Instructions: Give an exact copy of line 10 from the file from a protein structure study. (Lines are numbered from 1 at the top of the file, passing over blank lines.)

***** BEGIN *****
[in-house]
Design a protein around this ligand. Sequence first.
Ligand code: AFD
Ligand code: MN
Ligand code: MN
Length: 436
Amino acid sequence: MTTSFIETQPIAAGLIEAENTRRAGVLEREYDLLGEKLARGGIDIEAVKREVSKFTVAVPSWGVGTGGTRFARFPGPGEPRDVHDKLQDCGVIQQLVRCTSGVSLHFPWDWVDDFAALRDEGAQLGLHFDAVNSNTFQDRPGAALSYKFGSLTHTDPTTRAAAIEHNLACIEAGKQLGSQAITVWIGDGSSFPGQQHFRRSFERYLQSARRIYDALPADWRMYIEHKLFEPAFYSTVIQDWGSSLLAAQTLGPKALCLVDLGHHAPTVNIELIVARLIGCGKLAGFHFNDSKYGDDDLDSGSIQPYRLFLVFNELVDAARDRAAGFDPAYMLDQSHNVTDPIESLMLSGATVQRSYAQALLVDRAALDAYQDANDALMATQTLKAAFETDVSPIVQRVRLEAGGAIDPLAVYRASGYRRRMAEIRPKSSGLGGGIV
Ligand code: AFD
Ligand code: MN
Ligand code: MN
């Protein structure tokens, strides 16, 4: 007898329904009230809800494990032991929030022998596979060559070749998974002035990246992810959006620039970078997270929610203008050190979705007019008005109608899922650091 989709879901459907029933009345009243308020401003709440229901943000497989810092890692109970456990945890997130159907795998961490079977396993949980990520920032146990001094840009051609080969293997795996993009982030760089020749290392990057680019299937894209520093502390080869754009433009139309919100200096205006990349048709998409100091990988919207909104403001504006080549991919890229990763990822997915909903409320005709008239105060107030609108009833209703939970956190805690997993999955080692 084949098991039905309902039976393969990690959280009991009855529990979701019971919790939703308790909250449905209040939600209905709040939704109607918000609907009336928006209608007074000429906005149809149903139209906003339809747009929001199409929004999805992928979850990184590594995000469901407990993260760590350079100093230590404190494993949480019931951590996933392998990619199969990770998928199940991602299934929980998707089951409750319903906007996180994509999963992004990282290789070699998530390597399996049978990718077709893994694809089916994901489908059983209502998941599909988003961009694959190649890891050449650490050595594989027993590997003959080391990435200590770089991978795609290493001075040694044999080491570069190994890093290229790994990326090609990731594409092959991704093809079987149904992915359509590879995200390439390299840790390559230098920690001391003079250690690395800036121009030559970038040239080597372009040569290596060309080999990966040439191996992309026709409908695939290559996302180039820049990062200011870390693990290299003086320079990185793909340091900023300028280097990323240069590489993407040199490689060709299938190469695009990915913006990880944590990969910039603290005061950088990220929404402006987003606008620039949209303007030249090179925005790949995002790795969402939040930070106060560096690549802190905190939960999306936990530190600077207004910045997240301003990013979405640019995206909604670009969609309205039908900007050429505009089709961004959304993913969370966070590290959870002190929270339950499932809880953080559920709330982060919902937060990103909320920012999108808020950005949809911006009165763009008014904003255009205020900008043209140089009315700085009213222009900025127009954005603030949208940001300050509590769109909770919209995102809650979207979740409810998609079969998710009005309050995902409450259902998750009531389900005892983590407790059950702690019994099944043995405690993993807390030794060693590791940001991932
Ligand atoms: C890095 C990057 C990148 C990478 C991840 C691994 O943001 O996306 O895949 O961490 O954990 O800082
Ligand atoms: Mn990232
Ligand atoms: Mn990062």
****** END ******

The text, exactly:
Ligand code: MN